"Black man's burden," read the headline in the Los Angeles Times piece. "African-American men," read the subheading, "are still often judged by the color of their skin rather than the content of their character." It must be MLK Day.
This is when the guilt-ridden, blame-seeking, personal-responsibility-avoiding, racism-under-every-rock, oh-so-sympathetic, victicrat media tell us about Martin Luther King's "unfinished" legacy. Never mind that America, two years ago, elected a black president.
"Racism is like that," Judy Belk wrote. "A dripping faucet of sorts. You ignore it until you can't anymore." As proof of today's "dripping faucet" of "racism," Belk gives three examples.
First, she warned her son, then 13, to be wary of "strange-acting folks" when riding on Oakland's BART rapid transit system. Her son, however, told her that riders assumed him to be in the category of "strange-acting folks." "I just noticed," he said, "the last couple of times I was on BART, I could feel I was making several white women nervous when I sat near them. ... I could just tell." Her son, says Belk, was being ... stereotyped! Racism!
News bulletin: The crimes committed by a minority of young blacks affect how others -- of all races -- view the majority of law-abiding young blacks. And Oakland is one of America's most crime-ridden cities, with a disproportionately large amount of the crime committed by young black men. And though a lot of crime is same-race crime, when it is black-white interracial, by an overwhelming margin the perps are black and the victims are white.
By their early 30s, 3.2 percent of white males have been imprisoned, while 22.4 percent of black males -- nearly 1 in 4 -- have spent time behind bars. Yes, people find young black men, especially if they look and dress like Coolio, scarier than old white men who look and dress like Bob Newhart. Weird.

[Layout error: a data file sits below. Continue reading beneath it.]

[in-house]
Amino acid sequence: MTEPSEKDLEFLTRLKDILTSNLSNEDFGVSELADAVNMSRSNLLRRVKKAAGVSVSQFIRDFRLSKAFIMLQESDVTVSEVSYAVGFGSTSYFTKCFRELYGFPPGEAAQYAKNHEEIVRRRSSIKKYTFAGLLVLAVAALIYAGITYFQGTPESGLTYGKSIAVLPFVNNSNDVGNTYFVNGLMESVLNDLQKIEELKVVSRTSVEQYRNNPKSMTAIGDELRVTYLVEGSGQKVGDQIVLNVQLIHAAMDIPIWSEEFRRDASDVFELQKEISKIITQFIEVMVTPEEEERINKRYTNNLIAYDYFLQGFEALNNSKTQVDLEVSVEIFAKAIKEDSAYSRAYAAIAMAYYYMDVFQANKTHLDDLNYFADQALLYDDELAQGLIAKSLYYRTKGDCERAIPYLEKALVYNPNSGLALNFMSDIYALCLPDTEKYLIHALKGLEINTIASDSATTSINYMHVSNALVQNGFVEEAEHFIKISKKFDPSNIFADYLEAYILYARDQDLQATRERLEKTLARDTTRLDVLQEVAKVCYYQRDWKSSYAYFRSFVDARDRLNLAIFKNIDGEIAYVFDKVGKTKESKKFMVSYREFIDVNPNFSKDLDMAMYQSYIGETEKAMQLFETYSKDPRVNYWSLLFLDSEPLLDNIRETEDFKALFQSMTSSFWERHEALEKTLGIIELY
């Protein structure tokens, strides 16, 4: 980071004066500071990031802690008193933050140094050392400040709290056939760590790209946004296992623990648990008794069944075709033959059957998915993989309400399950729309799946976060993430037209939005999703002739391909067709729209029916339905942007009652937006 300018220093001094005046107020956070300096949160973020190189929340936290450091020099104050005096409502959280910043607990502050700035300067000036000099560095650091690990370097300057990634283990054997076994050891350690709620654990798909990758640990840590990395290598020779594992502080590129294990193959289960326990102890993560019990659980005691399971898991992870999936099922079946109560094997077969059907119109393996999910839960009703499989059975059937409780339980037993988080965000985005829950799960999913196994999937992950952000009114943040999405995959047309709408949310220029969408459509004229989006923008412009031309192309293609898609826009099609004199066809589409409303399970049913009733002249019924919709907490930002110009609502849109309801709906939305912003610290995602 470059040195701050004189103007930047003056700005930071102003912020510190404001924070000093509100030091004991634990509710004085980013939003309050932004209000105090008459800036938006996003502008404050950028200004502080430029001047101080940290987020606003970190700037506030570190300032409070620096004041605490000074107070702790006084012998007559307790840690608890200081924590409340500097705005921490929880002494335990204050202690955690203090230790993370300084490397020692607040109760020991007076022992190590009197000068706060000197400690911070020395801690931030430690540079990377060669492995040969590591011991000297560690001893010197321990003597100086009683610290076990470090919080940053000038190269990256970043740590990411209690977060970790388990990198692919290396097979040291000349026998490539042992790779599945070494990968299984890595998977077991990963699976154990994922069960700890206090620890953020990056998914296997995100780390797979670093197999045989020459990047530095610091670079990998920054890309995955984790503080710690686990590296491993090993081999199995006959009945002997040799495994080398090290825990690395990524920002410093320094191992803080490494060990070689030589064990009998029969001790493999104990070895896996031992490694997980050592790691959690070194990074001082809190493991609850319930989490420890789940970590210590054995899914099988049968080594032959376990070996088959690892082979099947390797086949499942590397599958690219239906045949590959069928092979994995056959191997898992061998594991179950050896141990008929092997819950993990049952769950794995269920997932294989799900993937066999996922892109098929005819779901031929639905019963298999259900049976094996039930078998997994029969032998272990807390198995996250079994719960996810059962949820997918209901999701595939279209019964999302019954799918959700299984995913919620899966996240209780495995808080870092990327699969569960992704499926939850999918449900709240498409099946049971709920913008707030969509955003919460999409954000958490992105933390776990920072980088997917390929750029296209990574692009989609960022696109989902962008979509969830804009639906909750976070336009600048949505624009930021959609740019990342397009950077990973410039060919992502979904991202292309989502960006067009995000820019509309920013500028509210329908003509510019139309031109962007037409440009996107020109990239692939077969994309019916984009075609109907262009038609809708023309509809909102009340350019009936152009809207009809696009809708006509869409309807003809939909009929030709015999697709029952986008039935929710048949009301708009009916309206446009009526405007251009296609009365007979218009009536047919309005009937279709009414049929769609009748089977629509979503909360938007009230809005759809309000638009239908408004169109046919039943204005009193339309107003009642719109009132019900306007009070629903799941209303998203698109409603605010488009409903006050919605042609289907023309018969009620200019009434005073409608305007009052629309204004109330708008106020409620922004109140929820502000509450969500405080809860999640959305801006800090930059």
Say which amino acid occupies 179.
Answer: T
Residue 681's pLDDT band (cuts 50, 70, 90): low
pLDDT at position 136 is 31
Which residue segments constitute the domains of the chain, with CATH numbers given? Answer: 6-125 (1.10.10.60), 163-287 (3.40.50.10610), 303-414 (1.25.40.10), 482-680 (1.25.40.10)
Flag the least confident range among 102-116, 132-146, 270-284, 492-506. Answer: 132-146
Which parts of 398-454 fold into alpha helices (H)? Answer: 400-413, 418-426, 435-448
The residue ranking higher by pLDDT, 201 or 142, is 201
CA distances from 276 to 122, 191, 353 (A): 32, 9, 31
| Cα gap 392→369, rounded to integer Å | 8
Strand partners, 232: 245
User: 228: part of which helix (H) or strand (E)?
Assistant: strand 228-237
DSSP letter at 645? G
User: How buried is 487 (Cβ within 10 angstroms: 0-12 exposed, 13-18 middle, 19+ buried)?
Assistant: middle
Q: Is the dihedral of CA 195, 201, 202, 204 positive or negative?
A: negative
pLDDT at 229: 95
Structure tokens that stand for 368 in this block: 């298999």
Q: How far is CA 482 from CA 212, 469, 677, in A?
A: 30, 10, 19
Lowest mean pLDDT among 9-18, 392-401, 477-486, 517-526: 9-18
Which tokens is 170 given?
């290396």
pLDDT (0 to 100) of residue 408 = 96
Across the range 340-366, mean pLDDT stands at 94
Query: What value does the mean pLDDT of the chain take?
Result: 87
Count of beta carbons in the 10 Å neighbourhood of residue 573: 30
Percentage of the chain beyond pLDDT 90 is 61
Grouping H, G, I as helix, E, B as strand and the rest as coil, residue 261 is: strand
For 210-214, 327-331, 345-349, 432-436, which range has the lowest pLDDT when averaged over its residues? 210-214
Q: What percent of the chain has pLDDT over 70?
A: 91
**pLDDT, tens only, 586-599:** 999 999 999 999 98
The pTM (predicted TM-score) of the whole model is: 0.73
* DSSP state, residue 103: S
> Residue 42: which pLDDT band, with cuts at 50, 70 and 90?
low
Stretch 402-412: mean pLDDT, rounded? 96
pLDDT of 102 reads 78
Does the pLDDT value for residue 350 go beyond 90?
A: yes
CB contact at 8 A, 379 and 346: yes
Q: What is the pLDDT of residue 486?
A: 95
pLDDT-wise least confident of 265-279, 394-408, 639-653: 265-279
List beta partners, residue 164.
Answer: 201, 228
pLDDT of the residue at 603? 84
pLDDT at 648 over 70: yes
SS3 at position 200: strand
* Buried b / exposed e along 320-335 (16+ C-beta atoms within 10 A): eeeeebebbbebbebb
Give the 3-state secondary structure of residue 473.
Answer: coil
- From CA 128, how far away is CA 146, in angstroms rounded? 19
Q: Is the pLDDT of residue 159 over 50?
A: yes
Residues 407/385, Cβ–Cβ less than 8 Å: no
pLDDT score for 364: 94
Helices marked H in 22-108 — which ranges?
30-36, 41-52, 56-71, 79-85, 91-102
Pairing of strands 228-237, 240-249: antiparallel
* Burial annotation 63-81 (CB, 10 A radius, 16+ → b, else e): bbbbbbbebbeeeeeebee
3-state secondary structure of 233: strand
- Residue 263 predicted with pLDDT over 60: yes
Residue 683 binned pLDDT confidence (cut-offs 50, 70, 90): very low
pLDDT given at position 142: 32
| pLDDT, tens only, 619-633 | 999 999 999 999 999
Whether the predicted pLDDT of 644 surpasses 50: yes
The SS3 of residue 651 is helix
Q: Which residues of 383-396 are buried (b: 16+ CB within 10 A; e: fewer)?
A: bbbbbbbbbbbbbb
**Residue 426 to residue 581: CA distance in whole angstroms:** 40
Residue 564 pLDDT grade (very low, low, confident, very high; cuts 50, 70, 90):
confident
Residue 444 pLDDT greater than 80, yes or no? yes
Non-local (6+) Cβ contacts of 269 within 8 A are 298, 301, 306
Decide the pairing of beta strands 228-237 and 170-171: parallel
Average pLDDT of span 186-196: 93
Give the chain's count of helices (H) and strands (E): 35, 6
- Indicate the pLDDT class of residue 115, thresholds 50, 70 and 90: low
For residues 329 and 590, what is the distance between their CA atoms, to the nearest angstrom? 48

Jesse Jackson once told an interviewer that when hearing footsteps behind him while walking down a street at night, he is relieved if he turns to see the sound is coming from white feet.
Michelle Obama, when asked whether she worried about the safety of her then-presidential candidate husband, said, "I don't lose sleep over it, because the realities are that, you know, as a black man, you know, Barack can get shot going to the gas station." She probably didn't mean a gas station in Beverly Hills.
Second, Belk said that her 6-foot-5-inch son, then 16, "stormed into the house complaining to no one in particular: 'Why does everyone assume that just because I'm black, I play basketball? That's just plain racist.'" Sure, while his height was "undoubtedly part of the equation, it wasn't all of it (emphasis added)." What's the rest of "the equation"? That a lot of black men who are tall don't play basketball -- and it's "racist" to assume that they do? Oh, where have you gone, Rosa Parks?!
Third, Belk's son, then starting graduate studies at the University of North Carolina, and her husband were victims of "racial profiling" on a road considered "treacherous territory for black men": "The night he and my husband arrived in town to move him into his new apartment, they were stopped on the interstate by the police, allegedly for not moving to the outer lane when passing a police car that had stopped another driver. ... Like it or not, racial profiling still plays into many law enforcement decisions." Racism, case closed!!!
Police departments in many major cities have long required cops to write down the race of those stopped, as well as the race of the cop doing the stopping. In some cases, cops do indeed stop a "disproportionate" number of black motorists -- compared with their percentage of actual drivers. Does this show illegal "racial profiling," as opposed to cops focusing on high-crime areas or cops responding to the very behavior of the drivers stopped?